“You can correctly point to the extraordinary, off-the-charts success in reducing teen pregnancy and childbearing in the African-American and Latina communities,” said Bill Albert, chief program officer for the National Campaign. “But these rates remain far, far higher than among whites. And that needs our full and undivided attention. There’s a role for state and local efforts—and not all of it costs money.”
According to Kate Blackman, a research analyst in the health program at the National Conference of State Legislatures, “states do a lot to raise awareness. We’ve seen some reductions in teen pregnancy—when it’s been a priority.”
A Persistent Problem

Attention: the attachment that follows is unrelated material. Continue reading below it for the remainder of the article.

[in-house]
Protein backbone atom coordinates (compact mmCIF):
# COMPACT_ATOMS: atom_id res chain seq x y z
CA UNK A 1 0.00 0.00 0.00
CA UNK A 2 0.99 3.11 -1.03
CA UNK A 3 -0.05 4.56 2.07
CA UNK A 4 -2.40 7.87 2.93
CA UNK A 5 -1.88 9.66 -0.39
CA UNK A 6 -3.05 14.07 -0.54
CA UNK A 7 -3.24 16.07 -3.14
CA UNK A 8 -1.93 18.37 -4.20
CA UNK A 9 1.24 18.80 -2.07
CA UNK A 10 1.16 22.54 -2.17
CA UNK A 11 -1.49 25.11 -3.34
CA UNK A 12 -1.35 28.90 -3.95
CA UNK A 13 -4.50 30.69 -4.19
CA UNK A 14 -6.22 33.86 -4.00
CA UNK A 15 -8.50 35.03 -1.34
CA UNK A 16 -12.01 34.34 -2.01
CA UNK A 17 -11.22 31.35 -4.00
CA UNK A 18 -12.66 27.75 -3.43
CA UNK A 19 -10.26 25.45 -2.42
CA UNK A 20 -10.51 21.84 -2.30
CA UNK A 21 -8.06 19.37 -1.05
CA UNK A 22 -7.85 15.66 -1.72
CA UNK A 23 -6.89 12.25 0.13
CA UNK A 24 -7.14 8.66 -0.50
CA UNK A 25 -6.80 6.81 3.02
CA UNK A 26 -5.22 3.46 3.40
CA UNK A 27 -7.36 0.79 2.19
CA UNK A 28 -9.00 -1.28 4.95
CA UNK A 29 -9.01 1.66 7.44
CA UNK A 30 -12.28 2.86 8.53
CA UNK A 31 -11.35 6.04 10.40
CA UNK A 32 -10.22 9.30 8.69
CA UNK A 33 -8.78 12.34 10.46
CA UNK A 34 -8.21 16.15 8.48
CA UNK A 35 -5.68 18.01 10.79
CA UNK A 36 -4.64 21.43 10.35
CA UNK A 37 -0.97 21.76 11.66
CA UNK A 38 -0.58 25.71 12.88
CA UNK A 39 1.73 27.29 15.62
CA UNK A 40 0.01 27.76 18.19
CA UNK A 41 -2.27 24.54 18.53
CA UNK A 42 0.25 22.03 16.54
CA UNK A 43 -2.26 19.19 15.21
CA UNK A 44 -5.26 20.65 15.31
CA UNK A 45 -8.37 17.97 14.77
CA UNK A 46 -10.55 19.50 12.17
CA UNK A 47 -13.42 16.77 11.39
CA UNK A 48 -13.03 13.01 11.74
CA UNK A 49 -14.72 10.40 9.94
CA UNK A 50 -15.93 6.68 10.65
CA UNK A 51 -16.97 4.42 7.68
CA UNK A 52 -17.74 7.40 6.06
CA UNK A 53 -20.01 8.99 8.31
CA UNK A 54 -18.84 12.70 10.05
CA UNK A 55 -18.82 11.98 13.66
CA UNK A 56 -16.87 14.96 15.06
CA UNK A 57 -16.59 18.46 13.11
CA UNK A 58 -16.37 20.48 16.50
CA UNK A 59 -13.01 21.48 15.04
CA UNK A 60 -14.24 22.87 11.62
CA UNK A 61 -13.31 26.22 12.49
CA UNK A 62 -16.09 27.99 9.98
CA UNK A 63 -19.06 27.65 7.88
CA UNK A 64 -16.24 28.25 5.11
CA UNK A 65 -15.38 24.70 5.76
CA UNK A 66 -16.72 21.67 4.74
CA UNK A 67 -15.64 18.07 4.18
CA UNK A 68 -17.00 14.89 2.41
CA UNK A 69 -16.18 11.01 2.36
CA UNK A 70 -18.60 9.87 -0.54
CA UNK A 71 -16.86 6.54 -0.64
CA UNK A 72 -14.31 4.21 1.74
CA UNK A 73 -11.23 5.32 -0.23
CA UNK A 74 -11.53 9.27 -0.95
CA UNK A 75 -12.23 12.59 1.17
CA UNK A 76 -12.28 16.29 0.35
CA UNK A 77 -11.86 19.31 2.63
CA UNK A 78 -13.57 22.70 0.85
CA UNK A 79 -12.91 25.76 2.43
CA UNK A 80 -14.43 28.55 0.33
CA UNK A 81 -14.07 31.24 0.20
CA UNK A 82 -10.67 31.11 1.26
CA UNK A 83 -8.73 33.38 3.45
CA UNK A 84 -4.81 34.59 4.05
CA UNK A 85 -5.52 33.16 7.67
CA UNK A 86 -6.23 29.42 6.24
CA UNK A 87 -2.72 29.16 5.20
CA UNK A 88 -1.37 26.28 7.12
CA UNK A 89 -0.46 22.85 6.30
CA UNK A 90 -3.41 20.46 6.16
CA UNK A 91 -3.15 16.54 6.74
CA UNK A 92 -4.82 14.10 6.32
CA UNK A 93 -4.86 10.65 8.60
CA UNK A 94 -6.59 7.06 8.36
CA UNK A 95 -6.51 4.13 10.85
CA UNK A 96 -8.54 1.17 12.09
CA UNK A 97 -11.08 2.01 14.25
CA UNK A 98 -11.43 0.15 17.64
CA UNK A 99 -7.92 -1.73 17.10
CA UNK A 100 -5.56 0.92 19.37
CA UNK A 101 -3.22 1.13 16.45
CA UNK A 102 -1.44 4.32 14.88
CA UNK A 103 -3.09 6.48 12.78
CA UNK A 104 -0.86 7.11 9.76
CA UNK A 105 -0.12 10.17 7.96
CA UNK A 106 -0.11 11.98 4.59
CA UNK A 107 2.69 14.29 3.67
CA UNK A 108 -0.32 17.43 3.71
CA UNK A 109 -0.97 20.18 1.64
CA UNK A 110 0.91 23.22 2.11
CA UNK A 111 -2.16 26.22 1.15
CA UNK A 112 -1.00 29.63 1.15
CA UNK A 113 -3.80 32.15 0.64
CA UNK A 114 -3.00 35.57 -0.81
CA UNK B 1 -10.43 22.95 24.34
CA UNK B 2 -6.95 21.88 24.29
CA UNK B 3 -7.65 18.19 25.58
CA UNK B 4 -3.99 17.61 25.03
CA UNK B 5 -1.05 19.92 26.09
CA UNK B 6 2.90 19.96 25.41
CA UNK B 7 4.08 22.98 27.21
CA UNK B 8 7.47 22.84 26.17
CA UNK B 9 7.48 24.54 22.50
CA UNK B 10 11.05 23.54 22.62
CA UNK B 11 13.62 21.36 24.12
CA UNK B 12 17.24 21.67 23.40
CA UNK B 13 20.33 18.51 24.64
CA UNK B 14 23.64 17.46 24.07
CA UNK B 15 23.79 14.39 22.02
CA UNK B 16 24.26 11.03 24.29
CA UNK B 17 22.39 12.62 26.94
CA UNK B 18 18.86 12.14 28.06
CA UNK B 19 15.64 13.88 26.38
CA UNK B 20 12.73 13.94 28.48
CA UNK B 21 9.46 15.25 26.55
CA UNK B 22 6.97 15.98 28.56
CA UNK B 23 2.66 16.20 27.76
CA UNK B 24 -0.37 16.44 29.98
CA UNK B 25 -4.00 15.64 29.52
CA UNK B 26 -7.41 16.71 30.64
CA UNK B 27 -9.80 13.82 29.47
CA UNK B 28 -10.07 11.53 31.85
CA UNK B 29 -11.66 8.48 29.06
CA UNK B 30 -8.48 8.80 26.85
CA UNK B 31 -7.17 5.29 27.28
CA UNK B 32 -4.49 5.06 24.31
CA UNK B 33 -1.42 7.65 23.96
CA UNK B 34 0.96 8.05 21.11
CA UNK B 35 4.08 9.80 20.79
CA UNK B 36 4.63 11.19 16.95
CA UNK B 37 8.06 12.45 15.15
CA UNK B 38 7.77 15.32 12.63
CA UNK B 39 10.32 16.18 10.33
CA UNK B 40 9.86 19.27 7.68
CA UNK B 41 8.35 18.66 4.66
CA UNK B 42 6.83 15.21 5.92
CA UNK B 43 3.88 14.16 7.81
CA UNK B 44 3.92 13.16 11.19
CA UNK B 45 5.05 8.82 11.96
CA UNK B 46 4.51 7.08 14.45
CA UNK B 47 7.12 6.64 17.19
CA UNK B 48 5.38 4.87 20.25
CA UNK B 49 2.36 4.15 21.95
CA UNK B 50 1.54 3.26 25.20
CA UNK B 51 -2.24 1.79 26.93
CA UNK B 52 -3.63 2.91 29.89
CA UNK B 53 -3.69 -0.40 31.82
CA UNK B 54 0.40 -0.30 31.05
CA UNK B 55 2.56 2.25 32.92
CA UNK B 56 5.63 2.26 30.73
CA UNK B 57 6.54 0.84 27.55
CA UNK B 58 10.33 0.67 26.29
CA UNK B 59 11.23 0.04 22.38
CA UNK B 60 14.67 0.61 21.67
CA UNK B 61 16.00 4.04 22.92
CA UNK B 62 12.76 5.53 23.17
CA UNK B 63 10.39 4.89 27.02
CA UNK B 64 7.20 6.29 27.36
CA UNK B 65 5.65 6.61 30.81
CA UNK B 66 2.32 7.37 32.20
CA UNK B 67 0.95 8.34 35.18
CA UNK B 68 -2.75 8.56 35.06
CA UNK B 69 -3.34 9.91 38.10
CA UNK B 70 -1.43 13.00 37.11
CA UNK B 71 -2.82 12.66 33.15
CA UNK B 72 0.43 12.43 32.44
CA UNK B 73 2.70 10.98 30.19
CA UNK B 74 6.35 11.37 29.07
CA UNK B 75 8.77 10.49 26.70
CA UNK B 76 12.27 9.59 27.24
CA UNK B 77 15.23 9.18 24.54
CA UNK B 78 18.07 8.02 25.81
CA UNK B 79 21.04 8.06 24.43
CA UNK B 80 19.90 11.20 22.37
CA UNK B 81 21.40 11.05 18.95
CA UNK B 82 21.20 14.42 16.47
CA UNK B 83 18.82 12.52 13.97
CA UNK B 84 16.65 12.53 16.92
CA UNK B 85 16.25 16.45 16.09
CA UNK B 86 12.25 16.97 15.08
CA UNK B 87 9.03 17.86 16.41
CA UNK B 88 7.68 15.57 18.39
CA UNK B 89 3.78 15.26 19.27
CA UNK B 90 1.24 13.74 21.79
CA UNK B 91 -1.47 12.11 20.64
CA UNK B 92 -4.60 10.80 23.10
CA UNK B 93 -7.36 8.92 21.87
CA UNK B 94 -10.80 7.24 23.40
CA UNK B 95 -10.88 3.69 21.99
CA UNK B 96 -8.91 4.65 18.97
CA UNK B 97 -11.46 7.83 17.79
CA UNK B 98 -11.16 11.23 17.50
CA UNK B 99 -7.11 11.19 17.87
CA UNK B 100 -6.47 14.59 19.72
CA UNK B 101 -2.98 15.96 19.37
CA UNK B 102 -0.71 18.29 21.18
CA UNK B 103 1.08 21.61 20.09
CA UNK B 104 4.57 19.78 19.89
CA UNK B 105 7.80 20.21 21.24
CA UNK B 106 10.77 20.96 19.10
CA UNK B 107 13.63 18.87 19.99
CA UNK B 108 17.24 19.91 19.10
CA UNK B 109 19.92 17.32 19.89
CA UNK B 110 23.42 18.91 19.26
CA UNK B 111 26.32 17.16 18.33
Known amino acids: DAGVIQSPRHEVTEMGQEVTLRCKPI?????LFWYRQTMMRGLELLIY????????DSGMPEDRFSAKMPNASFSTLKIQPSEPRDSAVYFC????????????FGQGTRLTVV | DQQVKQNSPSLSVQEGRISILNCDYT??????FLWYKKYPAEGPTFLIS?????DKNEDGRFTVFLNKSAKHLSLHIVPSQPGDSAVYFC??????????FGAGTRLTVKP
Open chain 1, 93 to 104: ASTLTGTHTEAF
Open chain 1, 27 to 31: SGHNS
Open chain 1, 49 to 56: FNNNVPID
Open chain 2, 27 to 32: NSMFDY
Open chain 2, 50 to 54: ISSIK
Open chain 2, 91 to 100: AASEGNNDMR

Over the past two decades, the teen pregnancy rate, defined as the number of girls per 1,000 girls aged 15-19 who become pregnant, has been steadily decreasing. Progress has been made in all 50 states and among all racial and ethnic groups, according to Albert.
Since 1991, the overall teen birth rate has declined by 57 percent. The most dramatic decreases were among teens of color. Since 1991, teen birth rates among African-American girls declined 67 percent; among Latinas, it declined 60 percent, while among American Indian/Native Alaskans and Asian/Pacific Islanders, it declined 63 percent and 68 percent, respectively. Birth rates among white teens declined 57 percent during that time.
A variety of factors contributed to the decline.
Since the 1990s, there has been an increased use of highly effective, low maintenance birth control methods like the IUD and contraceptive implants, according to Albert.